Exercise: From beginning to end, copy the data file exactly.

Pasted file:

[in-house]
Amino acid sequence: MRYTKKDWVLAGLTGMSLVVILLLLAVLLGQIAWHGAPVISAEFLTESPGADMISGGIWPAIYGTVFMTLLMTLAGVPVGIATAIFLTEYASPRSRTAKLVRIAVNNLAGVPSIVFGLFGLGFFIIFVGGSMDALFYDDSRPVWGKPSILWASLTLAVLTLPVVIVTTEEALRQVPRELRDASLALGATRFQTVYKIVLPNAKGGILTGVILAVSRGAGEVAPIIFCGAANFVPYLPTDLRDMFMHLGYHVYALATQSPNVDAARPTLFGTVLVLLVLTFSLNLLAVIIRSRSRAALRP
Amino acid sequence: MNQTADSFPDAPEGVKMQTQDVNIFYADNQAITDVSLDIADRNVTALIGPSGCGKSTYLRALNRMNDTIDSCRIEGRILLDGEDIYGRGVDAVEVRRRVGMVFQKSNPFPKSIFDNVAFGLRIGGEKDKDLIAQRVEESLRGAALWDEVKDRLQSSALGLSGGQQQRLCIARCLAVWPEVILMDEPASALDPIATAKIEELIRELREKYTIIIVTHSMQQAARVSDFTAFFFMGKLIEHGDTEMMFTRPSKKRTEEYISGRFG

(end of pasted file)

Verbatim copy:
[in-house]
Amino acid sequence: MRYTKKDWVLAGLTGMSLVVILLLLAVLLGQIAWHGAPVISAEFLTESPGADMISGGIWPAIYGTVFMTLLMTLAGVPVGIATAIFLTEYASPRSRTAKLVRIAVNNLAGVPSIVFGLFGLGFFIIFVGGSMDALFYDDSRPVWGKPSILWASLTLAVLTLPVVIVTTEEALRQVPRELRDASLALGATRFQTVYKIVLPNAKGGILTGVILAVSRGAGEVAPIIFCGAANFVPYLPTDLRDMFMHLGYHVYALATQSPNVDAARPTLFGTVLVLLVLTFSLNLLAVIIRSRSRAALRP
Amino acid sequence: MNQTADSFPDAPEGVKMQTQDVNIFYADNQAITDVSLDIADRNVTALIGPSGCGKSTYLRALNRMNDTIDSCRIEGRILLDGEDIYGRGVDAVEVRRRVGMVFQKSNPFPKSIFDNVAFGLRIGGEKDKDLIAQRVEESLRGAALWDEVKDRLQSSALGLSGGQQQRLCIARCLAVWPEVILMDEPASALDPIATAKIEELIRELREKYTIIIVTHSMQQAARVSDFTAFFFMGKLIEHGDTEMMFTRPSKKRTEEYISGRFG